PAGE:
There is an understanding in anthropology that people are defined by who they aren’t as much as who they are.

Who are the Roma? They know we are gadže, people defined simply by not being Roma. So the first thing to know is that Roma aren’t gadže. They call themselves Roma and they speak Romani.

In the late 18th century, a Hungarian theology student overheard labourers on his family’s estate speaking a language he had learned from Sinhalese fellow students in the Netherlands. From here a long and convoluted debate ensued within European linguistics and ethnology. By the late 18th century, a case had been made for the origin of Romani, and thus the Roma people, somewhere in northern India. Later, more detailed linguistic analysis, in particular the absence of the neuter case, positioned Romani as a so-called New Indic language, placing Roma as leaving India sometime around the year 1000.

There are increasing calls from within India for the ‘Children of India’ to be officially recognised as part of the diaspora. Roma don’t generally know this. The ‘why’ of the dispersal remains conjecture.  Several accounts are proposed, but the journey of Roma from India, through Persia, Kurdish lands and into the Byzantine Empire, is evidenced in the language they speak.

There are many other accounts of Roma, who they are and where they come from. When the first Roma arrived in Western Europe, after spreading west from Byzantium they appeared in the Great Courts of Europe bearing documentation. Glorious groups of Roma on horseback were led by men calling themselves The Earls of Lower Egypt, Counts of Egypt, Lords. They were accepted as such and given free passage through Scotland, France, Luxembourg and the German principalities, at times understood to be on a penance given to them by the Pope himself.

I’ve heard it said that Roma are a lost tribe of Israel. I’ve heard mention of Egypt, even to this day. These stories are also an answer to the question, ‘who are Roma?’, because you cannot know somebody simply by tracing their DNA. Otherwise they emerge as the objects of experimentation, when who we are is always the subject of myth as well.

And yes, the Roma are the Gypsies that came to Britain in Tudor times. The Roma who came as the Nobility of Lower Egypt, the ‘Giptians. They survived laws that eventually forbade their existence, laws that sanctified their extermination. That too is who Roma are – a people who managed to hide. The lucky ones hid in holes dug in the forests during the Second World War.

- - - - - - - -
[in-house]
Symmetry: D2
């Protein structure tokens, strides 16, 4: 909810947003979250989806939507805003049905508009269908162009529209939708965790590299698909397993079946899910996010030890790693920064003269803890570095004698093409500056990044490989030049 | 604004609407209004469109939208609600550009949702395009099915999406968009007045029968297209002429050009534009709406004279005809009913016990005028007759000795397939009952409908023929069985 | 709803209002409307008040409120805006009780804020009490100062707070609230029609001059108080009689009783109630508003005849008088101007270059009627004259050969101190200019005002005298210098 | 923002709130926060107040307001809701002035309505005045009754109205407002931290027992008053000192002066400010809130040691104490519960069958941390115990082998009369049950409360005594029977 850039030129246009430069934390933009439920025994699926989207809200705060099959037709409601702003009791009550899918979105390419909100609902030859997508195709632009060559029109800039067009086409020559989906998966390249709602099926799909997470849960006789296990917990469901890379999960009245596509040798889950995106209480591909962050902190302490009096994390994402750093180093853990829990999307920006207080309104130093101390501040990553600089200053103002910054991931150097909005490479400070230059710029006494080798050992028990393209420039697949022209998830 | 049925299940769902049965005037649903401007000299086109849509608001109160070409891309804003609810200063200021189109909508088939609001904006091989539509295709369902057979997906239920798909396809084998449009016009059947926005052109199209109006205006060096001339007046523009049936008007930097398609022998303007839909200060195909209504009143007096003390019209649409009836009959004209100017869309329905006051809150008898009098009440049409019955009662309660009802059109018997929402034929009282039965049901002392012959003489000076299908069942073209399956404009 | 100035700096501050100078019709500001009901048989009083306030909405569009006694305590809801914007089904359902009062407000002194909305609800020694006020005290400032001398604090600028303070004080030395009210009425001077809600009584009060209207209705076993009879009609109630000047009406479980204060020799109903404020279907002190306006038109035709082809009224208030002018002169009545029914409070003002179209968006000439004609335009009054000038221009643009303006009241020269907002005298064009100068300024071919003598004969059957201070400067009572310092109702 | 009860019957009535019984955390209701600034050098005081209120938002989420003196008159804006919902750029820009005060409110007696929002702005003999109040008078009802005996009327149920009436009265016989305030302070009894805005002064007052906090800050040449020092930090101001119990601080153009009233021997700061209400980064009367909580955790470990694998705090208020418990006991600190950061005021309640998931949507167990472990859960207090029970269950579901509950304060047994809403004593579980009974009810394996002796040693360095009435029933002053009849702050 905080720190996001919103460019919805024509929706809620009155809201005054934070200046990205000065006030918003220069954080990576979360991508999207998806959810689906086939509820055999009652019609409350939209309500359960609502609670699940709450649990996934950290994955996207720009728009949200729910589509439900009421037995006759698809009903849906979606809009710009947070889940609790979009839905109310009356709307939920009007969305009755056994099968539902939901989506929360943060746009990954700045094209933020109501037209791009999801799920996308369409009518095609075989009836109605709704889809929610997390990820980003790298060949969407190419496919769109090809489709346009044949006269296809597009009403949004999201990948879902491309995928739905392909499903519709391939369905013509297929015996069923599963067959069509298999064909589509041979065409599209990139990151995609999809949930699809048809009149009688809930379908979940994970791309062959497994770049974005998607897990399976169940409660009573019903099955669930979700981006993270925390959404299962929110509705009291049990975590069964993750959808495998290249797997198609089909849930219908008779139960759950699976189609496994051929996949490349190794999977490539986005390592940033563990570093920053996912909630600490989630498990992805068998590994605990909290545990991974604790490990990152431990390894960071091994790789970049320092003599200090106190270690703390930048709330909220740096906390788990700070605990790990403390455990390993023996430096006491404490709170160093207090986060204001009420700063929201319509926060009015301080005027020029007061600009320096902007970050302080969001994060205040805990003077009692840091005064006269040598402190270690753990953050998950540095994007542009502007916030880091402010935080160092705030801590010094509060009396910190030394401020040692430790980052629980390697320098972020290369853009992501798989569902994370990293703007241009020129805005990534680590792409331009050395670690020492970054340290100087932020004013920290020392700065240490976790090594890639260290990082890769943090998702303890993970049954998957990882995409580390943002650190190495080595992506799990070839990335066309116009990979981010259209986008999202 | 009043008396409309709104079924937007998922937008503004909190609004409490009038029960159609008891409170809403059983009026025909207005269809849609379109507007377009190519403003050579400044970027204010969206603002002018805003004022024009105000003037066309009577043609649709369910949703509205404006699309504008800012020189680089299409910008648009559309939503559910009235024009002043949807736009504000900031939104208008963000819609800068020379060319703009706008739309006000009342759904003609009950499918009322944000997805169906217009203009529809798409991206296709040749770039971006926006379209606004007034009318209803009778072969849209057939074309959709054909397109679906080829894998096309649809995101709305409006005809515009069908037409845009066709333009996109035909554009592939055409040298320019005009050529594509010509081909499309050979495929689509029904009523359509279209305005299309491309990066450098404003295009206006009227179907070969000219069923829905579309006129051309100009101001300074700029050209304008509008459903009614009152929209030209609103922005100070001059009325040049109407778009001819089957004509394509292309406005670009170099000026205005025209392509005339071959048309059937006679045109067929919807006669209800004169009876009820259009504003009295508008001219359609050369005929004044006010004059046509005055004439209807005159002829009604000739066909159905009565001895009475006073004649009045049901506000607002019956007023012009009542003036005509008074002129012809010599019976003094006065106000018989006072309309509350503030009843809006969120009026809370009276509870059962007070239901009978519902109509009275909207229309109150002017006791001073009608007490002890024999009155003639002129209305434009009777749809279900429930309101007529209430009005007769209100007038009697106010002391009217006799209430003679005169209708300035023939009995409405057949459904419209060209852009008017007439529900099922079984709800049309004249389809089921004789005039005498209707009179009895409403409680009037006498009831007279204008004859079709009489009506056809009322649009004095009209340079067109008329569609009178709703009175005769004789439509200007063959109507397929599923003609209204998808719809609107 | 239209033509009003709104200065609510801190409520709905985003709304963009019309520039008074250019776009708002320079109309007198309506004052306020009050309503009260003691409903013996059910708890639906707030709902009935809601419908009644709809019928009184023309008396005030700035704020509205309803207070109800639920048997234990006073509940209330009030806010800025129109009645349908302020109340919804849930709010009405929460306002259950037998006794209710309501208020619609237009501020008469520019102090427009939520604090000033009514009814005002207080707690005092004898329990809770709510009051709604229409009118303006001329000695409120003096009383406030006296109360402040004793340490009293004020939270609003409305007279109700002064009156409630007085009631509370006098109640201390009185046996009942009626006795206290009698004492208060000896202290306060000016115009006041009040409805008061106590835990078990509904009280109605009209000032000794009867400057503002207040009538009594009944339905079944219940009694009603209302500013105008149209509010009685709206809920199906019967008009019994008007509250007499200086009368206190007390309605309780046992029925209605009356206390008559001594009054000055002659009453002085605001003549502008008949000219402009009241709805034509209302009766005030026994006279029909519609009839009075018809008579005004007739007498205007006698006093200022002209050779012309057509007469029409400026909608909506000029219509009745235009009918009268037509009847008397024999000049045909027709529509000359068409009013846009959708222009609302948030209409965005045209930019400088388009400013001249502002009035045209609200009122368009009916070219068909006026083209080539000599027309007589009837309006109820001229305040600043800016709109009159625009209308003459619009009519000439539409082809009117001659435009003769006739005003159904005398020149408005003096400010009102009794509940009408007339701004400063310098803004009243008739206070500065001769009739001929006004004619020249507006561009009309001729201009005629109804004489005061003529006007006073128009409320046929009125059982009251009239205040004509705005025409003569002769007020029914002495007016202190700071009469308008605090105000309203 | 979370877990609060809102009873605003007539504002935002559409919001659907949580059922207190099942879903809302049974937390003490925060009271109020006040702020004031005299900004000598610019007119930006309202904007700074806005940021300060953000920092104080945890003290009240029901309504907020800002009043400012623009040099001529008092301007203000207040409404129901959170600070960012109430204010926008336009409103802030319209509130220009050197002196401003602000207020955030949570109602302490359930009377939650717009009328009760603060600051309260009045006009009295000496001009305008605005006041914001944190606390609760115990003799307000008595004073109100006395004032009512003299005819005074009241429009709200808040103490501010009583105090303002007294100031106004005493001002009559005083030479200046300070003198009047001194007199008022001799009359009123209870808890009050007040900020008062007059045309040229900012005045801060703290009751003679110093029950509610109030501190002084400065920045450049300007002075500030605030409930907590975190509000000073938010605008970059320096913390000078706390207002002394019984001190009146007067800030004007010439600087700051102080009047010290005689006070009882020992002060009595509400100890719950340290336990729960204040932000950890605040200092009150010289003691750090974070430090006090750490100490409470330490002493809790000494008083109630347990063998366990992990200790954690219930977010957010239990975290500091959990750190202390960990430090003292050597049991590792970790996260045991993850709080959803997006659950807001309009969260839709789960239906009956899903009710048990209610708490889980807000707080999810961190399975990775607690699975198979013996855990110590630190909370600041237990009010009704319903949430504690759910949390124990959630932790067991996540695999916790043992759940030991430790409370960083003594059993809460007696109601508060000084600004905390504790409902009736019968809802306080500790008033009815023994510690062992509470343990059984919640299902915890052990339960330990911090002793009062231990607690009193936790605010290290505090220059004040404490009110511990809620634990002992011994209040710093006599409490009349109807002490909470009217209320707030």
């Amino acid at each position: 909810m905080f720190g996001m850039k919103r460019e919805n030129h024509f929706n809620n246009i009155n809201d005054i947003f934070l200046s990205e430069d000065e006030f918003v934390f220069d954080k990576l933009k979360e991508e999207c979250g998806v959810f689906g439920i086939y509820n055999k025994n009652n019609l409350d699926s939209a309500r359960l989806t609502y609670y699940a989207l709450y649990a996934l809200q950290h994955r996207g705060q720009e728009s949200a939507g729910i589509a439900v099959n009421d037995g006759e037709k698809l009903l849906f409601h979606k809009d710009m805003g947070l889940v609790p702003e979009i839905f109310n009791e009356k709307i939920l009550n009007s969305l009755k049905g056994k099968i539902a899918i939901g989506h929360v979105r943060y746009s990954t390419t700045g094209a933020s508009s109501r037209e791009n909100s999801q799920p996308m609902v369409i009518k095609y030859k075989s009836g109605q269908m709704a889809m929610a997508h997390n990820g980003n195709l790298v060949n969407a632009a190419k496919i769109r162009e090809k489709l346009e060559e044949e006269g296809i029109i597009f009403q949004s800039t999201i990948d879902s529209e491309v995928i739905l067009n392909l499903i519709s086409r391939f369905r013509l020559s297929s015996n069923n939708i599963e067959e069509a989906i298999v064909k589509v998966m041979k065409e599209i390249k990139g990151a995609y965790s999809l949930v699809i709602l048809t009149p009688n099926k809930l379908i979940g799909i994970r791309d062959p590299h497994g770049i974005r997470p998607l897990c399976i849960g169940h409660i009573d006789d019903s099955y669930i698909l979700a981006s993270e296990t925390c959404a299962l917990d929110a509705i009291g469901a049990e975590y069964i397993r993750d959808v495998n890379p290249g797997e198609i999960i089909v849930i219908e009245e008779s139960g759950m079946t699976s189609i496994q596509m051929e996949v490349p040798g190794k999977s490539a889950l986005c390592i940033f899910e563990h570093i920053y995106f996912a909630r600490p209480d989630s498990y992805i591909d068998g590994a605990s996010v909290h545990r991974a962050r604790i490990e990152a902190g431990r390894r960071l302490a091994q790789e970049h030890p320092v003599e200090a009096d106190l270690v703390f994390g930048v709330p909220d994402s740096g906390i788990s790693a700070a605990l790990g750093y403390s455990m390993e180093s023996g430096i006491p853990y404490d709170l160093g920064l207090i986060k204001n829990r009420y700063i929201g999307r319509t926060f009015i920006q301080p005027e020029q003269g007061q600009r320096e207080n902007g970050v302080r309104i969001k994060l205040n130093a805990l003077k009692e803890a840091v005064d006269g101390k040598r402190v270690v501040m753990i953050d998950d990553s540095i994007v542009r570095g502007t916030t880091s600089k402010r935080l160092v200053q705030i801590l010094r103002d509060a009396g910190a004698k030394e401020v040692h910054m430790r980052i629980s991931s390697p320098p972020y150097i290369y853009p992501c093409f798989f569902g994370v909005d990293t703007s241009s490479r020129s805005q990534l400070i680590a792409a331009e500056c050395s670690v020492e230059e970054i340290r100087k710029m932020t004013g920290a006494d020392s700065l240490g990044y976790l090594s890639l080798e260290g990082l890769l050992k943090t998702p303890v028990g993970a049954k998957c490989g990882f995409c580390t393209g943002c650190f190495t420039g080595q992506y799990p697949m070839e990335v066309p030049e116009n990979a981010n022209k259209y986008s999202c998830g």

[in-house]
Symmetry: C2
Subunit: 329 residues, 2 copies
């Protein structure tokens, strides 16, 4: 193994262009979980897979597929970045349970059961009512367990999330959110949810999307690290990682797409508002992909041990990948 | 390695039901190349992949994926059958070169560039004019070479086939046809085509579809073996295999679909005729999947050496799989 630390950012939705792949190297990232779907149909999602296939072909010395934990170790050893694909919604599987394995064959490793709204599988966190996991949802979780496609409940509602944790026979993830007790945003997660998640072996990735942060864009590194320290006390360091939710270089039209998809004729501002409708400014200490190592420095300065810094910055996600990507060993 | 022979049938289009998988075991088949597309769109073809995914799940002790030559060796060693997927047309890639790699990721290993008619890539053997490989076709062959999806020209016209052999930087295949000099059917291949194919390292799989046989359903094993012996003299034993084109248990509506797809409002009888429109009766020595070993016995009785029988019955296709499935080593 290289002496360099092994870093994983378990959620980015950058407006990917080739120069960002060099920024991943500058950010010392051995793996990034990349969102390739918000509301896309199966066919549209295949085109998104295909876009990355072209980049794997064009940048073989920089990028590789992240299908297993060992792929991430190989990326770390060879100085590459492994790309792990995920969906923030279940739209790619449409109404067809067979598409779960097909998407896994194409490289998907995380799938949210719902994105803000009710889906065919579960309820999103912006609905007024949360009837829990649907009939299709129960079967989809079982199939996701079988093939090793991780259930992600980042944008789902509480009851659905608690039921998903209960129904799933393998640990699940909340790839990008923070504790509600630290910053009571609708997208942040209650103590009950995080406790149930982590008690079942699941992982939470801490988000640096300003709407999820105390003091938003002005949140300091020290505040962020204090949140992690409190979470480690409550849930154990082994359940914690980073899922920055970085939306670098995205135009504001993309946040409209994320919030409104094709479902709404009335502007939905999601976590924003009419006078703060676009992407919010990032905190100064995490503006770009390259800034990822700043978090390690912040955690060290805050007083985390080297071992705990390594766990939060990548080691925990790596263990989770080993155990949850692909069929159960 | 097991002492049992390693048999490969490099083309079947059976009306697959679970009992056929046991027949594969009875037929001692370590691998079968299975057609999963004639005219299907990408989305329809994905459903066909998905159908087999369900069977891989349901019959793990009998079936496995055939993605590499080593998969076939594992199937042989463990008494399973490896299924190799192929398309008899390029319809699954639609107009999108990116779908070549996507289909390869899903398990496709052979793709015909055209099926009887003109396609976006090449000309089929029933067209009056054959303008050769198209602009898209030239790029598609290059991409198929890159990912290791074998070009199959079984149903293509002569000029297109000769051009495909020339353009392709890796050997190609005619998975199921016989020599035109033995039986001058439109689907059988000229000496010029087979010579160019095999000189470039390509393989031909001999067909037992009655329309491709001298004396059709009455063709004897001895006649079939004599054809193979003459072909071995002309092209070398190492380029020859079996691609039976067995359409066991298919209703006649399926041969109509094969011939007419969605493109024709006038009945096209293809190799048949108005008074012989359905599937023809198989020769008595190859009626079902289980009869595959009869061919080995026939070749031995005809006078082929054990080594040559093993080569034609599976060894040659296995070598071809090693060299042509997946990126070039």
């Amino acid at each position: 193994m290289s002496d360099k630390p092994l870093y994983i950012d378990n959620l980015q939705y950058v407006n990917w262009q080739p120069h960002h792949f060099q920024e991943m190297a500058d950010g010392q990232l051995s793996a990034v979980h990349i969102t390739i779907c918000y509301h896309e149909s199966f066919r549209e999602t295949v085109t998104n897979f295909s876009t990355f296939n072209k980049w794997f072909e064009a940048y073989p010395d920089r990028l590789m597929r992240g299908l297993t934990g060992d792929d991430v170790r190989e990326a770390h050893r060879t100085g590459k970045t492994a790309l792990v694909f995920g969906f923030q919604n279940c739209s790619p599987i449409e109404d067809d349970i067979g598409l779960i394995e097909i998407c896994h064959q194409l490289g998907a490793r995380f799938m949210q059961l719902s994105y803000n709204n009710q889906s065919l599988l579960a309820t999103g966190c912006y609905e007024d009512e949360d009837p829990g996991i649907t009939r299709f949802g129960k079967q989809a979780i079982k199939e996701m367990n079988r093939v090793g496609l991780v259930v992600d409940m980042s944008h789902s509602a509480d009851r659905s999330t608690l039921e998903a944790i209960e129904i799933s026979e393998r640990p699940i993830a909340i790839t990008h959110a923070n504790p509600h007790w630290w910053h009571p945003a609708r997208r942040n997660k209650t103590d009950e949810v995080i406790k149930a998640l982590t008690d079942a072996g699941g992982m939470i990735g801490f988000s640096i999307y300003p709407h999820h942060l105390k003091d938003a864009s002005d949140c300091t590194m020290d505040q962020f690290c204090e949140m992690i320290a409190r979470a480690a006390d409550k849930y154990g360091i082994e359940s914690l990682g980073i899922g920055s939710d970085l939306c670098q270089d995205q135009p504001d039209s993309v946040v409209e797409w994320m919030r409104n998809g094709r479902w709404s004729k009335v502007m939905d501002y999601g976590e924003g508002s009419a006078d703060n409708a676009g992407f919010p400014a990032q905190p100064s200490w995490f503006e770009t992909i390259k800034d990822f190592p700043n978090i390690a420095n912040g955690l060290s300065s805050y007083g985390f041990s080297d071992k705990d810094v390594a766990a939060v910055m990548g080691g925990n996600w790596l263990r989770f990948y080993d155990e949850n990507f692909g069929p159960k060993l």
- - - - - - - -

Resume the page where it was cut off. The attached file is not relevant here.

And now a westward journey continues. Pushed by indentured poverty and exclusion, Roma have left Eastern Europe and settled in Sheffield. They miss their homes and return each summer. Here, they send their children to school. Live with the past. Know who they are. Learn where they are and how to live here, where they share space with people who speak other northern Indian languages, recognising phrases from Urdu, Punjabi, Mirpuri, Hindi. People who have the same jakha (eyes) and share a čhib (tongue), who like to eat maro (bread) and drink pani (water). A thousand years, 50 generations later, people seeing each other again.

There are educated Roma. That too is who Roma are – an educated people who have a voice in Brussels and at the United Nations. There are Roma academics, poets, musicians and politicians.

Roma are a great people. They gave us, right here, the word ‘pal’. It means brother, phral. They also gave us the word ‘chav’. It means Roma boy, chavo. Roma are all things. Brothers and sons. Sisters and daughters. Pals and chavs.

Roma Futures is a South Yorkshire-based organisation that brings together skilled and committed Roma to voice these lesser-known aspects of Roma life and culture, to speak truth to power where Roma voices are seldom heard. This October, Roma Futures has partnered with Off The Shelf Festival of Words to organise three events which start a long conversation with and amongst Roma about literacy, education and how these relate to being Roma.

If you would like to learn more, visit romafutures.org or contact us on admin@romafutures.org.

Photo by Valdemar Kalinin

Tim Neal